Assemblyman Nathan Fletcher has found his next job.
With his term in the state assembly set to end on Dec. 2, Fletcher announced Thursday he’s accepted an offer to become Qualcomm’s (Nasdaq: QCOM) senior director of corporate development.
“Qualcomm brings innovation to people across the globe,” Fletcher said in a press release announcing the hire. “They are a great community partner and provide good paying jobs for San Diegans. I am proud to join their team and look forward to helping advance these endeavors.”
The press release described Fletcher’s role as primarily focused on attracting clients through promotion. It says he'll develop corporate strategies in wireless health, mobile education and intellectual property protection. He’ll also promote the company’s philanthropic efforts.
“His position will not involve government relations or lobbying activities,” the press release says.
It also says he’ll remain active in his local community and will have further announcements in the coming months.
During his mayoral campaign, Fletcher received the endorsement of Qualcomm CEO Paul Jacobs, and also released his education plan (“to provide workforce for the 21st century”) on the company’s campus, with Jacobs by his side.
As an assemblyman, he also held a hearing for the California select committee on job creation for the new economy, which featured a panel including a Qualcomm representative.
Mayor-elect Bob Filner had promised Fletcher a position in his administration, as an executive in charge of large scale economic projects, such as a new Chargers stadium. Fletcher never publicly responded to the offer.
Fletcher finished in third place in San Diego’s June mayoral primary. A lifelong Republican and veteran of the wars in Iraq and Afghanistan, he became a vocal point of the race despite his third-place finish when he renounced his party affiliation in March to run as an independent.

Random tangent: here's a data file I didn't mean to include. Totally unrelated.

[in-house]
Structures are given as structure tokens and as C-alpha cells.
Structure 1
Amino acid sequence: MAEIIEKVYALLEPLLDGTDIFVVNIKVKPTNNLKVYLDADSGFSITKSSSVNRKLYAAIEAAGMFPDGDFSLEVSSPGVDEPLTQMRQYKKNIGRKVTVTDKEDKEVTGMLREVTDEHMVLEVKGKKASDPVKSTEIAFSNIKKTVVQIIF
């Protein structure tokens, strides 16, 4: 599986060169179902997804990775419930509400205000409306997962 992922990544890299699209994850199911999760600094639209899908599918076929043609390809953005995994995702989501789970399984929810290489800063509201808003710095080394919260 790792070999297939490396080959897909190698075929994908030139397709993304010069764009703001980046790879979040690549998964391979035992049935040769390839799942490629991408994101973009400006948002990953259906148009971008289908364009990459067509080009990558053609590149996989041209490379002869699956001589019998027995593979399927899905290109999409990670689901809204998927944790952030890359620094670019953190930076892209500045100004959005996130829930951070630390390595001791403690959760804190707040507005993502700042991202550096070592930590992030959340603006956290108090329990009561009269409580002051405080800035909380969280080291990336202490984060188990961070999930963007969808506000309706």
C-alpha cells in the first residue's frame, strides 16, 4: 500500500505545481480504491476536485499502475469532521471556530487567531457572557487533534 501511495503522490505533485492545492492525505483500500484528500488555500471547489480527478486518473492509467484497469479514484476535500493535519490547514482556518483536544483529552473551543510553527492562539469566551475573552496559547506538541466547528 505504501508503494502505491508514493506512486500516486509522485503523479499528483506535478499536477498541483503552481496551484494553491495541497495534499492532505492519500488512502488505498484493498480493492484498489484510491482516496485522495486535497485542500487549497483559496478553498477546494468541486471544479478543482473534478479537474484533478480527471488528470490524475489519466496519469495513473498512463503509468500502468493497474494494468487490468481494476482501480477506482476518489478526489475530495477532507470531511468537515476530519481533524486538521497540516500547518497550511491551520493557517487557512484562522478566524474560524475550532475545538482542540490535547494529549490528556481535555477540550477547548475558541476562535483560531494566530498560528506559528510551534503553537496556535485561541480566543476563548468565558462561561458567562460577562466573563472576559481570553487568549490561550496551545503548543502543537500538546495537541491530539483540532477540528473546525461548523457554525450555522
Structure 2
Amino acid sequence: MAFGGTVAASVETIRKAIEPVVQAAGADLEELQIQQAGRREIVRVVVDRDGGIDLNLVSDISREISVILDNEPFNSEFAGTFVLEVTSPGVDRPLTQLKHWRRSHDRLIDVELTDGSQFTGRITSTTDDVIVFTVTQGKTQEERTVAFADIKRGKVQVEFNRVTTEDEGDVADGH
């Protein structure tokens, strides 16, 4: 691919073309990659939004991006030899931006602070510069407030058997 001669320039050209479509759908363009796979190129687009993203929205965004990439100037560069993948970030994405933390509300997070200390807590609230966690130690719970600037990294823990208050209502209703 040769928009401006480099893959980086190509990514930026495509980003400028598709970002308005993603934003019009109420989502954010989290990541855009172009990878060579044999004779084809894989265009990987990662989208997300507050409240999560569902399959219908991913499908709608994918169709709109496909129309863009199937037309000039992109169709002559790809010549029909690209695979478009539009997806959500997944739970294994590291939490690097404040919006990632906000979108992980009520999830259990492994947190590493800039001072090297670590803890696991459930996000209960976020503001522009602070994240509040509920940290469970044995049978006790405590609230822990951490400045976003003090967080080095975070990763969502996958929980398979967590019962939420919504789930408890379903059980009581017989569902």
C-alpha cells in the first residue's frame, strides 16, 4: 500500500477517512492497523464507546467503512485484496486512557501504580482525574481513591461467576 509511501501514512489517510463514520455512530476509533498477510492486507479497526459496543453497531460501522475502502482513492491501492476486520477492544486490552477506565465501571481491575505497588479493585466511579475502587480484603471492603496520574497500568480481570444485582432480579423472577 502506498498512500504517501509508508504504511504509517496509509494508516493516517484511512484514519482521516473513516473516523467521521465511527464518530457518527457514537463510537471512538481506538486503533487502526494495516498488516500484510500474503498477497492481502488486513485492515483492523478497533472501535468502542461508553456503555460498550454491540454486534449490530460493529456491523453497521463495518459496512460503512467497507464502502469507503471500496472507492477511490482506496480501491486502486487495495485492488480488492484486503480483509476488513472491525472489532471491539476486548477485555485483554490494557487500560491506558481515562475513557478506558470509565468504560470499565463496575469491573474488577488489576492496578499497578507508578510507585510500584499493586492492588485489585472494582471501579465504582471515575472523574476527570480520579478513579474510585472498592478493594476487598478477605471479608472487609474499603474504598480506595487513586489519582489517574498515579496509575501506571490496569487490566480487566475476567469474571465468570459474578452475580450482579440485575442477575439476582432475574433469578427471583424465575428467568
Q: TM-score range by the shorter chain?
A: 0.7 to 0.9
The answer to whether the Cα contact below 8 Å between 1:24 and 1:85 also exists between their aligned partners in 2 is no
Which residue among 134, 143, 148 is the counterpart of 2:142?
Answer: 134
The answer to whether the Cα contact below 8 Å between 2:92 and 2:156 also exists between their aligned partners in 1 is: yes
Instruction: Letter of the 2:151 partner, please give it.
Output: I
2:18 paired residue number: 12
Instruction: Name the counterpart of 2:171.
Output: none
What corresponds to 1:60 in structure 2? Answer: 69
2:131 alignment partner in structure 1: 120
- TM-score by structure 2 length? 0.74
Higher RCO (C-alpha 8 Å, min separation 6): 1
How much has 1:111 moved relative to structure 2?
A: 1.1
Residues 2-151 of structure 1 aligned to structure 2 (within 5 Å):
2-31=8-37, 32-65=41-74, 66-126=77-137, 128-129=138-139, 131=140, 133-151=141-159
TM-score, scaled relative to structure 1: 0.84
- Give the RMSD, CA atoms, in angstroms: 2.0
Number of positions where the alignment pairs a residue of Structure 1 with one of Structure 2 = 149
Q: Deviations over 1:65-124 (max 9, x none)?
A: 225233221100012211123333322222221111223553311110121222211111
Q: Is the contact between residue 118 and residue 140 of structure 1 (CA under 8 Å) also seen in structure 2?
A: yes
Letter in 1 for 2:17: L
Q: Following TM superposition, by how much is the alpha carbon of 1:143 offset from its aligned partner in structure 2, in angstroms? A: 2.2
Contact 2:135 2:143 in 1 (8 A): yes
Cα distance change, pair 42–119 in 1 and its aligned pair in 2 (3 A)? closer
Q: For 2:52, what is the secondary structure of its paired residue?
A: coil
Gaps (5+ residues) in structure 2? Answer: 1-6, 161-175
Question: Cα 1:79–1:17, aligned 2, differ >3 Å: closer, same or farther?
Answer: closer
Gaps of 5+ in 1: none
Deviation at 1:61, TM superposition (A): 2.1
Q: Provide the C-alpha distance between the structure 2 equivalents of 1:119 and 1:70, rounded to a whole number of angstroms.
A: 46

In his mayoral campaign, Fletcher promised to reinvent San Diego as “America’s most innovative city,” while calling for an end to divisive partisan politics.
Representatives from both the Republican and Democratic parties called his decision to run as an independent a cynical political stunt to address issues with name recognition at a time when he was running in fourth place, according to polls.
Just weeks before announcing his decision, Fletcher appealed to the local GOP for its endorsement by boasting of the depth of his commitment to the party.
In the months since and in the days immediately following the election, he has said his only regret was not making the decision sooner.
During the general election, Fletcher endorsed both Republicans and Democrats in various races, but withheld his endorsement in the mayoral race.
He also worked with California Democrats, specifically Assembly Speaker John Pérez, to close a $1 billion annual tax loophole used by out-of-state companies to make California public universities more affortable. AB 1500 would have cut fees for University of California and California State University students hailing from households that earn less than $150,000 per year, and would have spent another $150 million per year to increase affordability at those schools. The bill failed in the state Senate.